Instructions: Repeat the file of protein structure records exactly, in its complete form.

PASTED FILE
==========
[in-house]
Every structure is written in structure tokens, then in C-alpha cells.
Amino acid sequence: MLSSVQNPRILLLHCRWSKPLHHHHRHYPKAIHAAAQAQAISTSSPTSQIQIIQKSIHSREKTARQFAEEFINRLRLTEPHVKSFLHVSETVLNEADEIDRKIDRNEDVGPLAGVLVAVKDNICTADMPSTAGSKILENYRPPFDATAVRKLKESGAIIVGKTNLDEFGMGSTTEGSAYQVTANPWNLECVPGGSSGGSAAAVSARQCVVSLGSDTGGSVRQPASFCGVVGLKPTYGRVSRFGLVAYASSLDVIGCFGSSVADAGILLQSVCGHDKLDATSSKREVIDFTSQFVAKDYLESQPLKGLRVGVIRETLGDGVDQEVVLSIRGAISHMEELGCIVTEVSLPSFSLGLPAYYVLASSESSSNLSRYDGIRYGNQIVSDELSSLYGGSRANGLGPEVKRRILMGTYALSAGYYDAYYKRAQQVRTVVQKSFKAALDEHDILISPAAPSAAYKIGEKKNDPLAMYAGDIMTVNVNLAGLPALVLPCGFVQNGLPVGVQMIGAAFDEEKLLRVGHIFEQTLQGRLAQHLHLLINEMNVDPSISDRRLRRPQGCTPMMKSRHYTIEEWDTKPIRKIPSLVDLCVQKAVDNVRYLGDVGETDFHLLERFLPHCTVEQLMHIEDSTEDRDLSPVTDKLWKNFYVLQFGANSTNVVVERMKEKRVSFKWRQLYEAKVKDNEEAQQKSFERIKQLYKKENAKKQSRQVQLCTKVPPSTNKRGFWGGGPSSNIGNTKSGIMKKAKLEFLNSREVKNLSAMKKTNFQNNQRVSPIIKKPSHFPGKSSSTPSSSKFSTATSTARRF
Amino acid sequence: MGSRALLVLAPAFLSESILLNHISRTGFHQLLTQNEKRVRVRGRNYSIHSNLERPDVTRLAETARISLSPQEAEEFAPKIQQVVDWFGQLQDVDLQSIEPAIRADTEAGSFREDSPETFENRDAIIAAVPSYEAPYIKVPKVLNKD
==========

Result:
[in-house]
Every structure is written in structure tokens, then in C-alpha cells.
Amino acid sequence: MLSSVQNPRILLLHCRWSKPLHHHHRHYPKAIHAAAQAQAISTSSPTSQIQIIQKSIHSREKTARQFAEEFINRLRLTEPHVKSFLHVSETVLNEADEIDRKIDRNEDVGPLAGVLVAVKDNICTADMPSTAGSKILENYRPPFDATAVRKLKESGAIIVGKTNLDEFGMGSTTEGSAYQVTANPWNLECVPGGSSGGSAAAVSARQCVVSLGSDTGGSVRQPASFCGVVGLKPTYGRVSRFGLVAYASSLDVIGCFGSSVADAGILLQSVCGHDKLDATSSKREVIDFTSQFVAKDYLESQPLKGLRVGVIRETLGDGVDQEVVLSIRGAISHMEELGCIVTEVSLPSFSLGLPAYYVLASSESSSNLSRYDGIRYGNQIVSDELSSLYGGSRANGLGPEVKRRILMGTYALSAGYYDAYYKRAQQVRTVVQKSFKAALDEHDILISPAAPSAAYKIGEKKNDPLAMYAGDIMTVNVNLAGLPALVLPCGFVQNGLPVGVQMIGAAFDEEKLLRVGHIFEQTLQGRLAQHLHLLINEMNVDPSISDRRLRRPQGCTPMMKSRHYTIEEWDTKPIRKIPSLVDLCVQKAVDNVRYLGDVGETDFHLLERFLPHCTVEQLMHIEDSTEDRDLSPVTDKLWKNFYVLQFGANSTNVVVERMKEKRVSFKWRQLYEAKVKDNEEAQQKSFERIKQLYKKENAKKQSRQVQLCTKVPPSTNKRGFWGGGPSSNIGNTKSGIMKKAKLEFLNSREVKNLSAMKKTNFQNNQRVSPIIKKPSHFPGKSSSTPSSSKFSTATSTARRF
Amino acid sequence: MGSRALLVLAPAFLSESILLNHISRTGFHQLLTQNEKRVRVRGRNYSIHSNLERPDVTRLAETARISLSPQEAEEFAPKIQQVVDWFGQLQDVDLQSIEPAIRADTEAGSFREDSPETFENRDAIIAAVPSYEAPYIKVPKVLNKD